Taxi dancer Charity continues to have Faith in the human race despite apparently endless disappointments at its hands, and Hope that she will finally meet the nice young man to romance her ... See full summary »
Sally Bowles, an American singer in 1930s Berlin, falls in love with bi-sexual Brian. They are both then seduced by Max, a rich playboy. Sally becomes pregnant, and Brian offers to marry her... All the characters are linked by the Kit-Kat club, a nightspot where Sally sings. Written by
Colin Tinto <firstname.lastname@example.org>
In the original Broadway version, the main characters are an American writer and English singer. In the film version, they are an English writer and an American singer. See more »
The subtitles are inconsistent with how they show German speech/singing. During the opening, with the Master of Ceremonies (MC) singing in different languages, the subtitles show the German words in German. In at least one other part of the movie (when he's singing/dancing with the ape), some German words are translated into English in the subtitles. In this same ape scene, it may seem to non-German speakers or to viewers with no knowledge of what spoken German actually sounds like, that the MC is inconsistent with his pronunciation of English words that start with 'W'. Sometimes he pronounces them as if they start with a 'W', sometimes with a 'V' (for example, the German "Willkommen" (English "welcome") may appear to an English speaker as if it should be pronounced with a "w" sound, but a native German speaker will, in fact, pronounce it as if it started with an English "v" sound (villkommen). See more »
Mayr tells Kost's fortune every morning, and it's always the same: "You will meet a strange man." Which under the circumstances is a pretty safe bet.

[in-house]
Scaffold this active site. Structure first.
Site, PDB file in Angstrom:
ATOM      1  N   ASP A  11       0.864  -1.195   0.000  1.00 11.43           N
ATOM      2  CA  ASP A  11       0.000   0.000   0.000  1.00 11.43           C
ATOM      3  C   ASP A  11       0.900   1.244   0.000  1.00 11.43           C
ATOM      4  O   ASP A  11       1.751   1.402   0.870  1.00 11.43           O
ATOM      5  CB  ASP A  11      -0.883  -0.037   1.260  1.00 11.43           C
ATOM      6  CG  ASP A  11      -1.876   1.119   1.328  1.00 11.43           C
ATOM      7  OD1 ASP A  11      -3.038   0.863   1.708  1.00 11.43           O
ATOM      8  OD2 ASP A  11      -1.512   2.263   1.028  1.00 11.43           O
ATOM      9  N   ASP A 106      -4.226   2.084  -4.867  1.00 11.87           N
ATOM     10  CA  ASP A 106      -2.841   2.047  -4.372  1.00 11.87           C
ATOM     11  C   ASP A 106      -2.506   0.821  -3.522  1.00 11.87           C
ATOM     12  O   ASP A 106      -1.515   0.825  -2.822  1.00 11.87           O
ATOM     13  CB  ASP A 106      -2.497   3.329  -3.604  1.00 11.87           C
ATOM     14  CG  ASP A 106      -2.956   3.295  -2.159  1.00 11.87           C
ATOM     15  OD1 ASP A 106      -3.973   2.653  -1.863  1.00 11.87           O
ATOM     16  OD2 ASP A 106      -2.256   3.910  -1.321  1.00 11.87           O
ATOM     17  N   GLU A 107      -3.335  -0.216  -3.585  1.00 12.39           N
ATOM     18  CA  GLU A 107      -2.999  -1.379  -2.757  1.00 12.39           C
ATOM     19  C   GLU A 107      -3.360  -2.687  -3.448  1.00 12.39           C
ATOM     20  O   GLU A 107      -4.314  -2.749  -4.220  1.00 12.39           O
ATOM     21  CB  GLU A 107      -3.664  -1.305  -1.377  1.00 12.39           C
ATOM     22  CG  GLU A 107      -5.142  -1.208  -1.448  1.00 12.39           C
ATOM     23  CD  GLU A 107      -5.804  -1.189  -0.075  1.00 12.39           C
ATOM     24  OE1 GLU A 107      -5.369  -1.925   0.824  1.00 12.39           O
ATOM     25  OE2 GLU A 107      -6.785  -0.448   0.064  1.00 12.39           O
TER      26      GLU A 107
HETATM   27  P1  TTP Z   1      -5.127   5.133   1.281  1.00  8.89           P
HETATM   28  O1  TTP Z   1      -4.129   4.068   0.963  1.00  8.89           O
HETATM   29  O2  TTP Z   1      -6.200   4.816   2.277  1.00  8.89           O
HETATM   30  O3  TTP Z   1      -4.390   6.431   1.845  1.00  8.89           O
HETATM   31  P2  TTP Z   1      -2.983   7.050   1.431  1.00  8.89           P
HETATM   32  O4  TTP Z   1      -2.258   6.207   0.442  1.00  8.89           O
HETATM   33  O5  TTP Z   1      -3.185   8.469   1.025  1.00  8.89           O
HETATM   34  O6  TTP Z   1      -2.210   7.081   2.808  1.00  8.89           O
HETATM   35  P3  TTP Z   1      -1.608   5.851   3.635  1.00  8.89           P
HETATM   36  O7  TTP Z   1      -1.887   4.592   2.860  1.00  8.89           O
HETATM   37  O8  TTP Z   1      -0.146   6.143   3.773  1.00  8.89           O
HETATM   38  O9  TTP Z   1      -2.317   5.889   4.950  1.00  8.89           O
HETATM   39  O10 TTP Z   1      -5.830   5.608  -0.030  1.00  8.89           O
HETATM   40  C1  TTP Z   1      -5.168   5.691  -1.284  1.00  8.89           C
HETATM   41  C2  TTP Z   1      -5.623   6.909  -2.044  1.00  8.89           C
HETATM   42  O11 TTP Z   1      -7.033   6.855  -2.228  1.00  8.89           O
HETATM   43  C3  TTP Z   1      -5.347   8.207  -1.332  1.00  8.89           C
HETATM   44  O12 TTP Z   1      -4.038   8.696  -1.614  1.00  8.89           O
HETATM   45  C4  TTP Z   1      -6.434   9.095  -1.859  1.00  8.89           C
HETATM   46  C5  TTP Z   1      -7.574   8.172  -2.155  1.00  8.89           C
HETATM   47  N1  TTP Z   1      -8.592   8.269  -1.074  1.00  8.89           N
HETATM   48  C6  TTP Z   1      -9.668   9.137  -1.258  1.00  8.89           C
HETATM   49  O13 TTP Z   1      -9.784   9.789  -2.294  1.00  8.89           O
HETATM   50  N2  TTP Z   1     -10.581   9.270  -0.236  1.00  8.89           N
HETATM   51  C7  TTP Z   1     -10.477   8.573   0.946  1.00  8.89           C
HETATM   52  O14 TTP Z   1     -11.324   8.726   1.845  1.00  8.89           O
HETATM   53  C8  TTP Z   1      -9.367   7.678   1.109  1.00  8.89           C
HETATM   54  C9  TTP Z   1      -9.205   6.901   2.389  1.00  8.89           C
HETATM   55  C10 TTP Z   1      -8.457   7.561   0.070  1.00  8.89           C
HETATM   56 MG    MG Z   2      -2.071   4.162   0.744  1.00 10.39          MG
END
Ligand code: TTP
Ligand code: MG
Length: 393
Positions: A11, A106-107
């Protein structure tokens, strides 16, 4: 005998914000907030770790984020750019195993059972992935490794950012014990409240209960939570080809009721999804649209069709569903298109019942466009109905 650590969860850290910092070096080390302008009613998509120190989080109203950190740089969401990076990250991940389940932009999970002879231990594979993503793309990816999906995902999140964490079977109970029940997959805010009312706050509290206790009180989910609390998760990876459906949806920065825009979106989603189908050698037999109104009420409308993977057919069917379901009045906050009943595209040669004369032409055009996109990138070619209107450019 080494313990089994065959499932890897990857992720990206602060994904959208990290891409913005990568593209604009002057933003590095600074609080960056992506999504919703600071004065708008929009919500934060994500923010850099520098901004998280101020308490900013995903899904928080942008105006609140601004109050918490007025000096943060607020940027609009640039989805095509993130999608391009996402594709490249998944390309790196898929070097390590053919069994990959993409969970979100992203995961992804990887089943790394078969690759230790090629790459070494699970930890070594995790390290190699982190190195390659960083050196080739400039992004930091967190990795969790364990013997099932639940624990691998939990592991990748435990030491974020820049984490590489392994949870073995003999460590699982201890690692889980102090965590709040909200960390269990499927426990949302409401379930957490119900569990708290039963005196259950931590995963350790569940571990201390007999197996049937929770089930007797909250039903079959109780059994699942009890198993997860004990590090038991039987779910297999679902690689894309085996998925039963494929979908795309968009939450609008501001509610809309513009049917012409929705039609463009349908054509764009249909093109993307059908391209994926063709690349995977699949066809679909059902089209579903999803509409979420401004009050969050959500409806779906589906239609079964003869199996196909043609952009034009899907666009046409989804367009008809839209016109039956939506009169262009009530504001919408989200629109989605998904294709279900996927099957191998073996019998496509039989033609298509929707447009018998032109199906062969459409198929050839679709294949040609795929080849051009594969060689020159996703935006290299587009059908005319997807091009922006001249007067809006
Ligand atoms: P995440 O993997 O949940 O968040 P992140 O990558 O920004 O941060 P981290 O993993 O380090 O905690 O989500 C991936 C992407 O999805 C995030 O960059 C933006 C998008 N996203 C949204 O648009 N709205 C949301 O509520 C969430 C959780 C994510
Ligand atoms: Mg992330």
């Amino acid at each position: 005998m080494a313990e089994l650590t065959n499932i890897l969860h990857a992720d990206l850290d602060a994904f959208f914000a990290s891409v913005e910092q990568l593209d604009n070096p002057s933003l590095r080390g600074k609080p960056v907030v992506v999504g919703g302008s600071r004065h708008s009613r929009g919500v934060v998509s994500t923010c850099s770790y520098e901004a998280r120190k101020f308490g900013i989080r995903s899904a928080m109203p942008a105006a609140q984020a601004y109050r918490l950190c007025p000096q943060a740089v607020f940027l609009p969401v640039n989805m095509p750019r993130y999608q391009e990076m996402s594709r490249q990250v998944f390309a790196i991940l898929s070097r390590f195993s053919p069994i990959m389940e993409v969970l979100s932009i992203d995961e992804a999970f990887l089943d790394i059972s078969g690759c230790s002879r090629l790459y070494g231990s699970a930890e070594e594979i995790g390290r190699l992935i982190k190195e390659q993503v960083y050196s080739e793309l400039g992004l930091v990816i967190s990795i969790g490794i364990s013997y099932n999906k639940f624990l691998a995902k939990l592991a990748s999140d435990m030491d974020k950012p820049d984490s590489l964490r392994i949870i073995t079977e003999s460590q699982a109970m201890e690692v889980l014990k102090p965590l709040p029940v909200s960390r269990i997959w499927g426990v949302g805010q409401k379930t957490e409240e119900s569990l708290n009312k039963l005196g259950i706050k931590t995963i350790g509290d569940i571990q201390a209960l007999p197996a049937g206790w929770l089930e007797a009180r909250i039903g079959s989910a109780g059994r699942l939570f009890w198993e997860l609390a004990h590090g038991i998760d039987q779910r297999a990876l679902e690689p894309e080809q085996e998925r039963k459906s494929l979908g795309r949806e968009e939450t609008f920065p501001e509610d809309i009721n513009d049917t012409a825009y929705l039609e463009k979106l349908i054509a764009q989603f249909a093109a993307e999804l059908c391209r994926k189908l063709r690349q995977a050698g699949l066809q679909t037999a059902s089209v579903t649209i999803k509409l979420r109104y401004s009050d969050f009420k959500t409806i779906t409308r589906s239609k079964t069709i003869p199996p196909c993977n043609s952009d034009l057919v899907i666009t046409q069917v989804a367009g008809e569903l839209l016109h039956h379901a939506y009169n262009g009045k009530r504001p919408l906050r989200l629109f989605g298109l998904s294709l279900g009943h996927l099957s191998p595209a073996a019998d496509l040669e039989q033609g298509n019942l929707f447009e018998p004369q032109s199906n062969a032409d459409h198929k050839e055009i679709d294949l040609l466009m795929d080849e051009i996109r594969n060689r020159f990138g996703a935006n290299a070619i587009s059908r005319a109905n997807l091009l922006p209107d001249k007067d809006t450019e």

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1973 was a very good year for legendary director/choreographer Bob Fosse. He won an Emmy for directing and choreographing the television special LIZA WITH A Z, he won a Tony for directing the Broadway musical PIPPIN, and blindsided Francis Ford Copolla by winning an Oscar for Best Director for CABARET, the dazzling 1972 film version, which is Fosse's re-thinking of the 1966 Broadway musical. The stage and screen versions are quite different and as independent works, they stand on their own as outstanding achievements and it is not necessary to have seen the play to appreciate the movie. The main focal point of Fosse's re-thinking of the musical is that he wanted it to be a more "realistic" musical and therefore made sure that all of the musical numbers (with the exception of "Tomorrow Belongs to Me")all took place within the walls of the Kit Kat Club. He cut several numbers from the original score, but if you listen, some of them can be heard as background music in several scenes. He also shifted the focus of the way the story is told...the play tells the story from the leading man's point of view, but Fosse switches the focus to the character of Sally Bowles, the brassy, sassy party girl who believes in "divine decadence' and wears bright green fingernail polish. Fosse also takes two secondary characters from the play, who are older, and makes them young and attractive in order to make their story more youth-friendly, I imagine. Liza Minnelli turns in a dazzling Oscar-winning performance as Sally, a gutsy, self-absorbed party girl who shows signs of vulnerability and a desperate need to be loved. Minnelli makes the most of her musical and non-musical moments in the film...her climactic confrontation with Brian (Michael York)is brilliantly performed. York is charming and sexy as Brian and Joel Grey's Oscar winning turn as the Master of Ceremonies is a delight. The musical numbers are all brilliantly staged and performed, from the opening number "Willkomenn" to the new "Money" song performed by Minnelli and Grey, to "Maybe this Time", the ballad belted out by Minnelli onstage in the empty club. Fosse cleverly counterparts the musical numbers with the realities of what is going on in Nazi Occupied 1931 Berlin with sometimes startling effect. "Tomorrow Belongs to Me" still gives me goosebumps every time I watch the film. This film ruled at the '73 Oscars, winning eight awards in all (it lost Best Picture to THE GODFATHER)and deserved every accolade it received. A sparkling, eye-popping, thought-provoking, haunting film experience that should be savored over and over again.
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